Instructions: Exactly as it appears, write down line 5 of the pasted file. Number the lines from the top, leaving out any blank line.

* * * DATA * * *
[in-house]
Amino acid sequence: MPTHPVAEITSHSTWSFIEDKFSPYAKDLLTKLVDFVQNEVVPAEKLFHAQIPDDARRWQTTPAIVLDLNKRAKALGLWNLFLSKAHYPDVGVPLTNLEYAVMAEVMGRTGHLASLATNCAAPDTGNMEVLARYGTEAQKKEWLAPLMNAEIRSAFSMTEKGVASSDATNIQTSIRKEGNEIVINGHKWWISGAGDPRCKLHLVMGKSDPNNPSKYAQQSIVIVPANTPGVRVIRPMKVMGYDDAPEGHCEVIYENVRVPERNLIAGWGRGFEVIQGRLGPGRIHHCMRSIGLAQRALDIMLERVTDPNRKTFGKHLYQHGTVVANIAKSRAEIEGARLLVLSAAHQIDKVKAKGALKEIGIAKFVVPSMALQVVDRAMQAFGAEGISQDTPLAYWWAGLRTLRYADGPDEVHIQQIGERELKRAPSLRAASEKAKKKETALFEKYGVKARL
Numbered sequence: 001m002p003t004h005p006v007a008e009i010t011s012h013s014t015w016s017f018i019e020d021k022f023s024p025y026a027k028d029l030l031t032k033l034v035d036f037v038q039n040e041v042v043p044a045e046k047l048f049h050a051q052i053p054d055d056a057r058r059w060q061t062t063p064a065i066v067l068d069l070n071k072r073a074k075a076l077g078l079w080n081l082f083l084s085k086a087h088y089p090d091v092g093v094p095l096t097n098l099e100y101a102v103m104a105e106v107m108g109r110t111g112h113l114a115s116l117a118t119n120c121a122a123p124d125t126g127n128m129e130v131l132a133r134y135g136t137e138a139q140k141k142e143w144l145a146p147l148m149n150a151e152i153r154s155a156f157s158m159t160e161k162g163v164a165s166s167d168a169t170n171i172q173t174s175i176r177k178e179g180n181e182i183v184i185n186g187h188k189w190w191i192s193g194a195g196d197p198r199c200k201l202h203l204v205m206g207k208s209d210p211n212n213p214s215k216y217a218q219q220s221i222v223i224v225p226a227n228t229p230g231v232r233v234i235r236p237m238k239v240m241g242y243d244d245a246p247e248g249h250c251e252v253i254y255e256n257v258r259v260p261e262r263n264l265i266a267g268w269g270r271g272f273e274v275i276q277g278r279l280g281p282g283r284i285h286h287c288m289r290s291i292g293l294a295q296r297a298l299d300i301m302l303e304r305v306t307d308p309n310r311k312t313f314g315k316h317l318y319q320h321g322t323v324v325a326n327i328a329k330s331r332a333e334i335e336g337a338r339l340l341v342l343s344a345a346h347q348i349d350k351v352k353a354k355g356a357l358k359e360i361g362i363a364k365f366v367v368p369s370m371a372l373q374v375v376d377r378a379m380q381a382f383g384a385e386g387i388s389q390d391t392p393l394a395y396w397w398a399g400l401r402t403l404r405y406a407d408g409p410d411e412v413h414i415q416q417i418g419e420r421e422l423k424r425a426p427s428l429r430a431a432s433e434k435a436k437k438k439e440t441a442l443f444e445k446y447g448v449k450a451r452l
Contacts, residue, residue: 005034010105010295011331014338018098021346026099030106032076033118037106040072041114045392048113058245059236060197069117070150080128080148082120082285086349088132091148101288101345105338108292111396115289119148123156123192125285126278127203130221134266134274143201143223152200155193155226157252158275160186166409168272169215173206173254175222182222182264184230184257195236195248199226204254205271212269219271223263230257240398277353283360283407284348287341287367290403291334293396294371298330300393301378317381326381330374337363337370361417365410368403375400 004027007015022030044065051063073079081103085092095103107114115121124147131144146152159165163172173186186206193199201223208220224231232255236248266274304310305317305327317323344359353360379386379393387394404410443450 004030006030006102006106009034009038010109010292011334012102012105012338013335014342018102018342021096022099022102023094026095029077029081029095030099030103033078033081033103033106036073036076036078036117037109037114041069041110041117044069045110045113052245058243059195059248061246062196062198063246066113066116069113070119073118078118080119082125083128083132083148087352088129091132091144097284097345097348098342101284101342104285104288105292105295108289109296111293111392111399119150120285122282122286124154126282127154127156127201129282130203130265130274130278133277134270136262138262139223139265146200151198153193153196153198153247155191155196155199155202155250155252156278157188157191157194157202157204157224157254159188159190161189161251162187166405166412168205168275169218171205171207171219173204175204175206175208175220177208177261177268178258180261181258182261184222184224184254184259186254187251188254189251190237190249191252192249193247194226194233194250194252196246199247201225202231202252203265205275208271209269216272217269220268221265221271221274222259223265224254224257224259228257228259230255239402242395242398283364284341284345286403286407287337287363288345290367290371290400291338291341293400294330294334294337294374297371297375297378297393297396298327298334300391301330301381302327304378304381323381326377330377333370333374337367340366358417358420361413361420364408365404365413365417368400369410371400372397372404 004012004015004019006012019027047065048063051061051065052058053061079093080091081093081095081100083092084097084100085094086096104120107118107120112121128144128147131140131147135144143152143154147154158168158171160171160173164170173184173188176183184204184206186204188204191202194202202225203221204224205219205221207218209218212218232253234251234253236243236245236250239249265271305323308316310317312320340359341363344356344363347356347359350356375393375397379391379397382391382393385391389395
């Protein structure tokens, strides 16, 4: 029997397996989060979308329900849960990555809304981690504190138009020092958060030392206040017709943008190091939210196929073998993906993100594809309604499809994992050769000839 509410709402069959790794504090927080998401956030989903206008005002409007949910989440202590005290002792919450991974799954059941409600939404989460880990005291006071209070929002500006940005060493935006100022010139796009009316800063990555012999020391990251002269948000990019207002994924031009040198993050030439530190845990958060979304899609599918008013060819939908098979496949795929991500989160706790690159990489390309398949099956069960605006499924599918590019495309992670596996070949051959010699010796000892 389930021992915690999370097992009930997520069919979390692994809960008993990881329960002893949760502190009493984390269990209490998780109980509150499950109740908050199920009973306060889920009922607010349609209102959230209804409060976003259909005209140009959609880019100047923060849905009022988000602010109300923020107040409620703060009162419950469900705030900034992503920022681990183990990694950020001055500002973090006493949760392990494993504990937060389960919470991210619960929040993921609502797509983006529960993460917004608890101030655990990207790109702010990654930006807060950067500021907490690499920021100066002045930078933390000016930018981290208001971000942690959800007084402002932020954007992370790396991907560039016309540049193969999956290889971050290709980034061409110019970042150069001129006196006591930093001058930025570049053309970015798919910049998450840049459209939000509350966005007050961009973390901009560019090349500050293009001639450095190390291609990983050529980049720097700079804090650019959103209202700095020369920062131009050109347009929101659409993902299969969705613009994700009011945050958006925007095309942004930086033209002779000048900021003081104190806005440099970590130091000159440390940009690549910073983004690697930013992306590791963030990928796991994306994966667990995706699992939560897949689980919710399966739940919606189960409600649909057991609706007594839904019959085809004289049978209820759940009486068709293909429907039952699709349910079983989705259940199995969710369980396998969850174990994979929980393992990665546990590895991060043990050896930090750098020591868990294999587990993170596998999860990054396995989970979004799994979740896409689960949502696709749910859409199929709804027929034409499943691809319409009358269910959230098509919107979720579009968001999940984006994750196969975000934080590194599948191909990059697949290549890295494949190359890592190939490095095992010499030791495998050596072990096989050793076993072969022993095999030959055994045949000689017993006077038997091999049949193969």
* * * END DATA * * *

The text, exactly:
């Protein structure tokens, strides 16, 4: 029997397996989060979308329900849960990555809304981690504190138009020092958060030392206040017709943008190091939210196929073998993906993100594809309604499809994992050769000839 509410709402069959790794504090927080998401956030989903206008005002409007949910989440202590005290002792919450991974799954059941409600939404989460880990005291006071209070929002500006940005060493935006100022010139796009009316800063990555012999020391990251002269948000990019207002994924031009040198993050030439530190845990958060979304899609599918008013060819939908098979496949795929991500989160706790690159990489390309398949099956069960605006499924599918590019495309992670596996070949051959010699010796000892 389930021992915690999370097992009930997520069919979390692994809960008993990881329960002893949760502190009493984390269990209490998780109980509150499950109740908050199920009973306060889920009922607010349609209102959230209804409060976003259909005209140009959609880019100047923060849905009022988000602010109300923020107040409620703060009162419950469900705030900034992503920022681990183990990694950020001055500002973090006493949760392990494993504990937060389960919470991210619960929040993921609502797509983006529960993460917004608890101030655990990207790109702010990654930006807060950067500021907490690499920021100066002045930078933390000016930018981290208001971000942690959800007084402002932020954007992370790396991907560039016309540049193969999956290889971050290709980034061409110019970042150069001129006196006591930093001058930025570049053309970015798919910049998450840049459209939000509350966005007050961009973390901009560019090349500050293009001639450095190390291609990983050529980049720097700079804090650019959103209202700095020369920062131009050109347009929101659409993902299969969705613009994700009011945050958006925007095309942004930086033209002779000048900021003081104190806005440099970590130091000159440390940009690549910073983004690697930013992306590791963030990928796991994306994966667990995706699992939560897949689980919710399966739940919606189960409600649909057991609706007594839904019959085809004289049978209820759940009486068709293909429907039952699709349910079983989705259940199995969710369980396998969850174990994979929980393992990665546990590895991060043990050896930090750098020591868990294999587990993170596998999860990054396995989970979004799994979740896409689960949502696709749910859409199929709804027929034409499943691809319409009358269910959230098509919107979720579009968001999940984006994750196969975000934080590194599948191909990059697949290549890295494949190359890592190939490095095992010499030791495998050596072990096989050793076993072969022993095999030959055994045949000689017993006077038997091999049949193969």